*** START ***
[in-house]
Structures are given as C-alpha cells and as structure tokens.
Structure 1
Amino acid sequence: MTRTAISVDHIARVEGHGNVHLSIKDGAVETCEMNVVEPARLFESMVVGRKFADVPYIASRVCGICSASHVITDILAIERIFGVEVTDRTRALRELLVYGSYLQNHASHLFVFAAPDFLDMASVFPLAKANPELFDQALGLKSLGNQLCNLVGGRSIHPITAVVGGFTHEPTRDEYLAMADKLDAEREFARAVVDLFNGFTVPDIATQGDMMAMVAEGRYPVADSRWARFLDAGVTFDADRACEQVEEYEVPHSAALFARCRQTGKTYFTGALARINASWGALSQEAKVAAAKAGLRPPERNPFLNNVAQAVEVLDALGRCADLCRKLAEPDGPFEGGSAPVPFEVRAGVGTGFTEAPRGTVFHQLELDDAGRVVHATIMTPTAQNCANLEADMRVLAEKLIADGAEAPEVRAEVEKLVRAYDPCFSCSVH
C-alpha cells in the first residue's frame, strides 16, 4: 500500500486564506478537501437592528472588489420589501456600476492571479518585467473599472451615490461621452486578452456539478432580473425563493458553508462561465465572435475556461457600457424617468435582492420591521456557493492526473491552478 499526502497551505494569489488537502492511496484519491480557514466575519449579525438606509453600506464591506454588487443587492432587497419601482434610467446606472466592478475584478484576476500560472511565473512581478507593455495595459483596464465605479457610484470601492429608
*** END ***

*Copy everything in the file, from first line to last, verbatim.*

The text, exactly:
[in-house]
Structures are given as C-alpha cells and as structure tokens.
Structure 1
Amino acid sequence: MTRTAISVDHIARVEGHGNVHLSIKDGAVETCEMNVVEPARLFESMVVGRKFADVPYIASRVCGICSASHVITDILAIERIFGVEVTDRTRALRELLVYGSYLQNHASHLFVFAAPDFLDMASVFPLAKANPELFDQALGLKSLGNQLCNLVGGRSIHPITAVVGGFTHEPTRDEYLAMADKLDAEREFARAVVDLFNGFTVPDIATQGDMMAMVAEGRYPVADSRWARFLDAGVTFDADRACEQVEEYEVPHSAALFARCRQTGKTYFTGALARINASWGALSQEAKVAAAKAGLRPPERNPFLNNVAQAVEVLDALGRCADLCRKLAEPDGPFEGGSAPVPFEVRAGVGTGFTEAPRGTVFHQLELDDAGRVVHATIMTPTAQNCANLEADMRVLAEKLIADGAEAPEVRAEVEKLVRAYDPCFSCSVH
C-alpha cells in the first residue's frame, strides 16, 4: 500500500486564506478537501437592528472588489420589501456600476492571479518585467473599472451615490461621452486578452456539478432580473425563493458553508462561465465572435475556461457600457424617468435582492420591521456557493492526473491552478 499526502497551505494569489488537502492511496484519491480557514466575519449579525438606509453600506464591506454588487443587492432587497419601482434610467446606472466592478475584478484576476500560472511565473512581478507593455495595459483596464465605479457610484470601492429608